This week’s FOIA roundup ties together the past and present with some fascinating documents. Plus, see the latest results from the #RummysSnowflakes crowdsourcing campaign.
See a great use of public records we missed? Send over your favorite FOIA stories via email, on Twitter, or on Facebook, and maybe we’ll include them in the next roundup. And if you’d like even more inspiration, read past round ups.
FOIA requests continue to open up EPA
Last week we looked at FOIA releases from the Sierra Club and New York Times that shed some much-needed light on the EPA. Those stories keep coming, thanks to more documents released to the Union of Concerned Scientists.
Scott Pruitt’s EPA and the White House sought to block publication of a federal health study on a nationwide water-contamination crisis, after one Trump administration aide warned it would cause a “public relations nightmare,” newly disclosed emails reveal.
The intervention early this year — not previously disclosed — came as HHS’ Agency for Toxic Substances and Disease Registry was preparing to publish its assessment of a class of toxic chemicals that has contaminated water supplies near military bases, chemical plants and other sites from New York to Michigan to West Virginia.
The study would show that the chemicals endanger human health at a far lower level than EPA has previously called safe, according to the emails.
Nominations still open for FOIA Advisory Committee
The federal FOIA Advisory Committee was convened to “identify procedures and methods for improving compliance” with our nation’s transparency laws, and now the Office of Government Information Services is seeking new members to help the committee continue its work.
Applying is easy; you can just send an email answering a few questions, and they’re seeking nominees to represent requesters across a variety of categories. Read the details here.
The latest findings in #RummysSnowflakes
This past week, 18 participants helped us crowdsource 109 more submissions in our #RummysSnowflakes Assignment, which is exploring a cache of thousands of pages of memos released by the National Security Archive.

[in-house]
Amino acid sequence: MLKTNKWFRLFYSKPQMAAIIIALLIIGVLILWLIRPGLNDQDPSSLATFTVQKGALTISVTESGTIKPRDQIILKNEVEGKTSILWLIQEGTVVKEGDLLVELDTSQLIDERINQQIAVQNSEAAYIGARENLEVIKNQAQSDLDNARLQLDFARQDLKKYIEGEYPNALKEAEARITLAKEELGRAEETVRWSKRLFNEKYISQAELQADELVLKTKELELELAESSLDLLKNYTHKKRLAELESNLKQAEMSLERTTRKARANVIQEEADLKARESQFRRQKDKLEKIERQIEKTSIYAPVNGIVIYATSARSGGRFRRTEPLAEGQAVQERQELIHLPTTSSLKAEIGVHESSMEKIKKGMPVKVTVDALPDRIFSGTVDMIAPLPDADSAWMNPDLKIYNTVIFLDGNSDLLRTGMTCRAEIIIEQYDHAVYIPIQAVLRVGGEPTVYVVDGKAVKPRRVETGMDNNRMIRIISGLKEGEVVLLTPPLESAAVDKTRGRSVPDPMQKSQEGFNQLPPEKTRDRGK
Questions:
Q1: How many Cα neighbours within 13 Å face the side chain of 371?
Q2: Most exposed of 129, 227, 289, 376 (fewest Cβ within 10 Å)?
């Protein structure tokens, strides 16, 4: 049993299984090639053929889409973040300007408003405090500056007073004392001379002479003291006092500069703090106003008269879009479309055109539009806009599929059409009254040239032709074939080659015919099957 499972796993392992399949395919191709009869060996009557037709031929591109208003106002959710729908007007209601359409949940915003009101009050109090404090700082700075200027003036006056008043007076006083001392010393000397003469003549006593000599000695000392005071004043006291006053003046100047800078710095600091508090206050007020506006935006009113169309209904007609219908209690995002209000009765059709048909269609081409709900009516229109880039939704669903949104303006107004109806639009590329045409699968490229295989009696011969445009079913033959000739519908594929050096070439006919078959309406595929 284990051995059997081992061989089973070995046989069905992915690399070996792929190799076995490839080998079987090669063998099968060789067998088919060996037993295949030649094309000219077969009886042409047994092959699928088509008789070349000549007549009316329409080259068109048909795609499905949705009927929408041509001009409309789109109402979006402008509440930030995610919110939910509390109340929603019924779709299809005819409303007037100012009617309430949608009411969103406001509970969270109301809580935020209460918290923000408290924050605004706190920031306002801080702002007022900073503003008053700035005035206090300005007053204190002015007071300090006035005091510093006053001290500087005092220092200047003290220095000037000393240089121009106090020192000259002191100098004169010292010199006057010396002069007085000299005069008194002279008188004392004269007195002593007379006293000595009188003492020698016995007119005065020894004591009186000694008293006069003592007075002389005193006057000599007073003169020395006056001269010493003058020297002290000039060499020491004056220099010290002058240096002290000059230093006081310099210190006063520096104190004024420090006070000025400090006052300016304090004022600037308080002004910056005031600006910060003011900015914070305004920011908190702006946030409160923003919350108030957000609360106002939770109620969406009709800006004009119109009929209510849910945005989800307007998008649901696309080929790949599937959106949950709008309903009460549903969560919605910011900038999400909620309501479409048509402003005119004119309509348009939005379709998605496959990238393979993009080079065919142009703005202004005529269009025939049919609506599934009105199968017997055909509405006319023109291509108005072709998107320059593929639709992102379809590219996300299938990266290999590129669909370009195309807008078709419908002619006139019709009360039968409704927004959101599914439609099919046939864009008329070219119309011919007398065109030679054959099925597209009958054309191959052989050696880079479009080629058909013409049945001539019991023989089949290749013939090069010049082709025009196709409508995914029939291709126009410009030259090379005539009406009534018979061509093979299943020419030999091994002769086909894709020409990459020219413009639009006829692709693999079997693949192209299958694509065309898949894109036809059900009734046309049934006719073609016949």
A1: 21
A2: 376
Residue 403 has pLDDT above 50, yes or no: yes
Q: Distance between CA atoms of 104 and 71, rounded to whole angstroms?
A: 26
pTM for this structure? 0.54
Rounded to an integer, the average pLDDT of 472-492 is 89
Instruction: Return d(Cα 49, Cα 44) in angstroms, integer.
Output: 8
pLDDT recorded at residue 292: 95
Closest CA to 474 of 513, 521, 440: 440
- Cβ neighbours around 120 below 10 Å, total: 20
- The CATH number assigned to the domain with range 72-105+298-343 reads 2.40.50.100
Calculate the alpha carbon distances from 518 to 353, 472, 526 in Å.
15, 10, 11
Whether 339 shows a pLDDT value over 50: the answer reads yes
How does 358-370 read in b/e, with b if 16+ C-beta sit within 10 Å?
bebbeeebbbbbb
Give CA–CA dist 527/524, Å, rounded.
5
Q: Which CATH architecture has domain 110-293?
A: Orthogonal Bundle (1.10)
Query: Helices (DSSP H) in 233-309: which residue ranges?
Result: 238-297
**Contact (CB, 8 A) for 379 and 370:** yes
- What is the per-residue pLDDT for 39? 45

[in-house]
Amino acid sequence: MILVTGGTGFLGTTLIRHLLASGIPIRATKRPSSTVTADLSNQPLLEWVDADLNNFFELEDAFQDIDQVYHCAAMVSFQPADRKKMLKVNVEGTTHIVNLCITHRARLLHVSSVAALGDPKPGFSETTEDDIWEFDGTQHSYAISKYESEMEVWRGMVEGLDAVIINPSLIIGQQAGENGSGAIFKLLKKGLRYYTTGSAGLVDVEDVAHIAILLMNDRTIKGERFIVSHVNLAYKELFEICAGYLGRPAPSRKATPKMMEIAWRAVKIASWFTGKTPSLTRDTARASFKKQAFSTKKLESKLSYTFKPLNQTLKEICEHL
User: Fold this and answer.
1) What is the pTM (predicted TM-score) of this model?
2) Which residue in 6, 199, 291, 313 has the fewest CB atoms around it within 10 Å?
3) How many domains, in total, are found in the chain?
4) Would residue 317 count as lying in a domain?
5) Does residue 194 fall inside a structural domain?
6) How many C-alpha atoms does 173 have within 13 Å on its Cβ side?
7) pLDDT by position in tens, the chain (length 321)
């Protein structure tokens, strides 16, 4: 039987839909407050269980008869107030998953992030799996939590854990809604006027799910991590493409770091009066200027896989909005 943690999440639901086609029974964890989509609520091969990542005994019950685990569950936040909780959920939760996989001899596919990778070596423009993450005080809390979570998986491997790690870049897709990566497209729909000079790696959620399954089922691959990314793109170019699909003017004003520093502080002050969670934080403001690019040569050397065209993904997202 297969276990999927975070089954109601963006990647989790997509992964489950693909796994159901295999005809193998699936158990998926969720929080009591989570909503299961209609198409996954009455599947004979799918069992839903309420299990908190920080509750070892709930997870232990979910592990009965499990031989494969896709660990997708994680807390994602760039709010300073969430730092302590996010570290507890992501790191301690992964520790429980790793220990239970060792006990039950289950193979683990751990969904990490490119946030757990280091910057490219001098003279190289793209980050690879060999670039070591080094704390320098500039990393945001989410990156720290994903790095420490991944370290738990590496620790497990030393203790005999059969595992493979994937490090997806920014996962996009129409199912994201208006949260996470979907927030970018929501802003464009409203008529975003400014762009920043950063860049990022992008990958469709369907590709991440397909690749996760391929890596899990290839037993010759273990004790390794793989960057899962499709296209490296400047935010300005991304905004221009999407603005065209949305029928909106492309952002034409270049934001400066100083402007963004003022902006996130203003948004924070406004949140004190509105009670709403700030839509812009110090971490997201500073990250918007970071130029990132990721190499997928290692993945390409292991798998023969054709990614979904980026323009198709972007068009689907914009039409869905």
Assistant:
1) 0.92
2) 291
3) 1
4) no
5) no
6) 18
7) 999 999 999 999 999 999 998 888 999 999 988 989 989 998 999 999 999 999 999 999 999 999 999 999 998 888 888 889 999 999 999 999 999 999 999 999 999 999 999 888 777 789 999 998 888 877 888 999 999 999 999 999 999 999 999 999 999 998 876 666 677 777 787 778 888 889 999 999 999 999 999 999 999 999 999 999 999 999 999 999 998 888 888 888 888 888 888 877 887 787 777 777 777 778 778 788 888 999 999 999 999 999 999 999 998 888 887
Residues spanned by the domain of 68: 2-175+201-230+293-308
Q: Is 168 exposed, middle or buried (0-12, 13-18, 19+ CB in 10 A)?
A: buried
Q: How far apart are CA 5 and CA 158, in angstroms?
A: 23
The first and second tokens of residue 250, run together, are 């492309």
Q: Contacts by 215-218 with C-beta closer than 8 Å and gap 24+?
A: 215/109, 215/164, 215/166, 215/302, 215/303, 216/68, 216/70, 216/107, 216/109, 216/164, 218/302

Every volunteer who contributed at least five submissions in the last week will get a free MuckRock request added to their account later today, and we’ve picked a new winner winner for this week’s most interesting find!
Congratulations to user Tony McAuliffe, who came across an interesting memo from New Gingrich that suggested wargaming scenarios for the invasion of Iraq were not optimistic enough:
Thanks to all who have submitted! A reminder that the person who submits the most entries over the course of the four-week content will be given 25 free requests plus an extra special MuckRock Swag Pack, sent anywhere in the United States, and weekly winners with the most interesting finds will get a free item from the MuckRock Swag Store.
Help us continue to expand the data set by helping crowdsource the rest of the information! Just two weeks left until the ultimate winner is announced.
Oliver North’s Checkered Iran-Contra Record
Speaking of the National Security Archive, they recently put together a good roundup of declassified documents related to incoming National Rifle Association President Oliver North.
As Malcolm Byrne writes:
North himself has admitted under oath to most of the actions, decisions, and falsehoods that prompted widespread condemnation of his behavior in the wake of the scandal. Declassified documents – a representative sampling of which the National Security Archive is reposting today – provide further, contemporaneous evidence, often written in his own words. His conduct ultimately led to criminal convictions against him, but they were overturned by an appeals court panel because his congressional testimony in the Summer of 1987, delivered under a grant of immunity, might have influenced witnesses at trial.
Though he has often accurately claimed that he was mostly following orders, including all the way from the top - President Reagan himself - North became famous during the nationally televised congressional hearings for defiantly owning his recurring dishonesty. Some of it was aimed at purported adversaries, such as his counterparts in Iran. “I lied every time I met the Iranians,” he declared, adding at another point, “I would have promised those terrorists a trip to Disneyland if it would have gotten the hostages released.”
Read the rest of the analysis, and see the original documents, at the National Security Archive.
Image via C-SPAN